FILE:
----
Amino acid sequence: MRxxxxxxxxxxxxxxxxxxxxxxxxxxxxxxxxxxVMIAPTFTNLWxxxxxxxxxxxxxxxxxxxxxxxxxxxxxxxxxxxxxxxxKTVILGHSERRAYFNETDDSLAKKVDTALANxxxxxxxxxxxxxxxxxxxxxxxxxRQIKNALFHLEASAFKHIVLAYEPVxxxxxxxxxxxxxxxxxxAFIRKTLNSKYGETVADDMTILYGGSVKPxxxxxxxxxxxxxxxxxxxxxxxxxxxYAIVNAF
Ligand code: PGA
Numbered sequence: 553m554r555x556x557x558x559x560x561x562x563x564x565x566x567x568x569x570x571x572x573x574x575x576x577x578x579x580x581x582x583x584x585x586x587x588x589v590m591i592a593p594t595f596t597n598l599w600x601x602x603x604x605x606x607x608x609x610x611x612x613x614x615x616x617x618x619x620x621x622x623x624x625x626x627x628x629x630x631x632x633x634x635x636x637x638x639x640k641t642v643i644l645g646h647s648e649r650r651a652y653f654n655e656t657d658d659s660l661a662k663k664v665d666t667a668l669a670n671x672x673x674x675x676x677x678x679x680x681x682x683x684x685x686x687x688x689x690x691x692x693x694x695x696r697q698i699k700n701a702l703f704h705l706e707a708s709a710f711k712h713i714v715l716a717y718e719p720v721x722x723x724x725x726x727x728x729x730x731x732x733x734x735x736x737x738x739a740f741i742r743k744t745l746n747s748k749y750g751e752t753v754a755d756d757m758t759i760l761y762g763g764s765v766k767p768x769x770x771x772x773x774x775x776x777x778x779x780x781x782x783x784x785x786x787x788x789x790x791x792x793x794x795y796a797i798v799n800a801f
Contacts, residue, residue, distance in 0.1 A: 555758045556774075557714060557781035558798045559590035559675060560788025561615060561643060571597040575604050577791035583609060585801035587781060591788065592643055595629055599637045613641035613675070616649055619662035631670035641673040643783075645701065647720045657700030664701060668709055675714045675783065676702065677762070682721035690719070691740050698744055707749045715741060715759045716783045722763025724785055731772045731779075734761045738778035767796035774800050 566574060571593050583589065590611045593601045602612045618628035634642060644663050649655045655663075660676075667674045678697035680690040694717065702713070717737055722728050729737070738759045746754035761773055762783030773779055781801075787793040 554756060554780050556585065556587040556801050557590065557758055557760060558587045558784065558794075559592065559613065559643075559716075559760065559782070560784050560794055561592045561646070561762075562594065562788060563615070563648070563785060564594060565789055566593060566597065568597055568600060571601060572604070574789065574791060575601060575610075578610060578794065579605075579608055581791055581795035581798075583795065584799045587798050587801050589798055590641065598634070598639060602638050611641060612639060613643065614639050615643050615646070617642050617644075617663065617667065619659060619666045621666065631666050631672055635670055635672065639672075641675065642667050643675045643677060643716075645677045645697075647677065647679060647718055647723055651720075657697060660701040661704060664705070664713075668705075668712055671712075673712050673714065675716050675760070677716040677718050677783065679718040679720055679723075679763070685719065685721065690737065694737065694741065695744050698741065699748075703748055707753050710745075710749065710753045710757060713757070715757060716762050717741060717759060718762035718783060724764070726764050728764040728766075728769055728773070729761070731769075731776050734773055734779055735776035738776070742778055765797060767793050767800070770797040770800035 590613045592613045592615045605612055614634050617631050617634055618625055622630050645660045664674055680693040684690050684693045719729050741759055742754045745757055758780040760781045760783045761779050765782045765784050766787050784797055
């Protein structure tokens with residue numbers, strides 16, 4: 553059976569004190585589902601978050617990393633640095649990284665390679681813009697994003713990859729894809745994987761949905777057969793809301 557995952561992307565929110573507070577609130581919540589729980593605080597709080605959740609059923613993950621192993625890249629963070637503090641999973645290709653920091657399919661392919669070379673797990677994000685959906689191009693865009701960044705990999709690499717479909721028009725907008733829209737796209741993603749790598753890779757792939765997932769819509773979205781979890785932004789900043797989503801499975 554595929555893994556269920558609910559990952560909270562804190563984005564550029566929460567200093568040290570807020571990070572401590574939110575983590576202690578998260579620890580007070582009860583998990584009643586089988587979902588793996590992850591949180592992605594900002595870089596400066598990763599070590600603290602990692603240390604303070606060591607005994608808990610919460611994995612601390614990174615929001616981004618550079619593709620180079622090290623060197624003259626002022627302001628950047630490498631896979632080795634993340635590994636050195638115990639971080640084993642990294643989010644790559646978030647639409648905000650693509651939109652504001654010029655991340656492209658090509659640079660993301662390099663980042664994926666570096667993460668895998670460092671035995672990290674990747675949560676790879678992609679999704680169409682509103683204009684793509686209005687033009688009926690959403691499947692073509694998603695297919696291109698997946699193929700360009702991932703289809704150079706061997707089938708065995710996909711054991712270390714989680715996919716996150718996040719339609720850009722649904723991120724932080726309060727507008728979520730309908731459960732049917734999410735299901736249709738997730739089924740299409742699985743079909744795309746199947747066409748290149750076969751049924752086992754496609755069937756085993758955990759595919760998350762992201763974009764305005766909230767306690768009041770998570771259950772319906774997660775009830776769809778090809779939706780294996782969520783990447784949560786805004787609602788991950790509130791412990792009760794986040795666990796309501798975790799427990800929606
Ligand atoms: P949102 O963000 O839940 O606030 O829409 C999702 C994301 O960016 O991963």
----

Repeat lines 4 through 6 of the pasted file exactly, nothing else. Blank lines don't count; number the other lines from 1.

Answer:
Contacts, residue, residue, distance in 0.1 A: 555758045556774075557714060557781035558798045559590035559675060560788025561615060561643060571597040575604050577791035583609060585801035587781060591788065592643055595629055599637045613641035613675070616649055619662035631670035641673040643783075645701065647720045657700030664701060668709055675714045675783065676702065677762070682721035690719070691740050698744055707749045715741060715759045716783045722763025724785055731772045731779075734761045738778035767796035774800050 566574060571593050583589065590611045593601045602612045618628035634642060644663050649655045655663075660676075667674045678697035680690040694717065702713070717737055722728050729737070738759045746754035761773055762783030773779055781801075787793040 554756060554780050556585065556587040556801050557590065557758055557760060558587045558784065558794075559592065559613065559643075559716075559760065559782070560784050560794055561592045561646070561762075562594065562788060563615070563648070563785060564594060565789055566593060566597065568597055568600060571601060572604070574789065574791060575601060575610075578610060578794065579605075579608055581791055581795035581798075583795065584799045587798050587801050589798055590641065598634070598639060602638050611641060612639060613643065614639050615643050615646070617642050617644075617663065617667065619659060619666045621666065631666050631672055635670055635672065639672075641675065642667050643675045643677060643716075645677045645697075647677065647679060647718055647723055651720075657697060660701040661704060664705070664713075668705075668712055671712075673712050673714065675716050675760070677716040677718050677783065679718040679720055679723075679763070685719065685721065690737065694737065694741065695744050698741065699748075703748055707753050710745075710749065710753045710757060713757070715757060716762050717741060717759060718762035718783060724764070726764050728764040728766075728769055728773070729761070731769075731776050734773055734779055735776035738776070742778055765797060767793050767800070770797040770800035 590613045592613045592615045605612055614634050617631050617634055618625055622630050645660045664674055680693040684690050684693045719729050741759055742754045745757055758780040760781045760783045761779050765782045765784050766787050784797055
């Protein structure tokens with residue numbers, strides 16, 4: 553059976569004190585589902601978050617990393633640095649990284665390679681813009697994003713990859729894809745994987761949905777057969793809301 557995952561992307565929110573507070577609130581919540589729980593605080597709080605959740609059923613993950621192993625890249629963070637503090641999973645290709653920091657399919661392919669070379673797990677994000685959906689191009693865009701960044705990999709690499717479909721028009725907008733829209737796209741993603749790598753890779757792939765997932769819509773979205781979890785932004789900043797989503801499975 554595929555893994556269920558609910559990952560909270562804190563984005564550029566929460567200093568040290570807020571990070572401590574939110575983590576202690578998260579620890580007070582009860583998990584009643586089988587979902588793996590992850591949180592992605594900002595870089596400066598990763599070590600603290602990692603240390604303070606060591607005994608808990610919460611994995612601390614990174615929001616981004618550079619593709620180079622090290623060197624003259626002022627302001628950047630490498631896979632080795634993340635590994636050195638115990639971080640084993642990294643989010644790559646978030647639409648905000650693509651939109652504001654010029655991340656492209658090509659640079660993301662390099663980042664994926666570096667993460668895998670460092671035995672990290674990747675949560676790879678992609679999704680169409682509103683204009684793509686209005687033009688009926690959403691499947692073509694998603695297919696291109698997946699193929700360009702991932703289809704150079706061997707089938708065995710996909711054991712270390714989680715996919716996150718996040719339609720850009722649904723991120724932080726309060727507008728979520730309908731459960732049917734999410735299901736249709738997730739089924740299409742699985743079909744795309746199947747066409748290149750076969751049924752086992754496609755069937756085993758955990759595919760998350762992201763974009764305005766909230767306690768009041770998570771259950772319906774997660775009830776769809778090809779939706780294996782969520783990447784949560786805004787609602788991950790509130791412990792009760794986040795666990796309501798975790799427990800929606
Ligand atoms: P949102 O963000 O839940 O606030 O829409 C999702 C994301 O960016 O991963």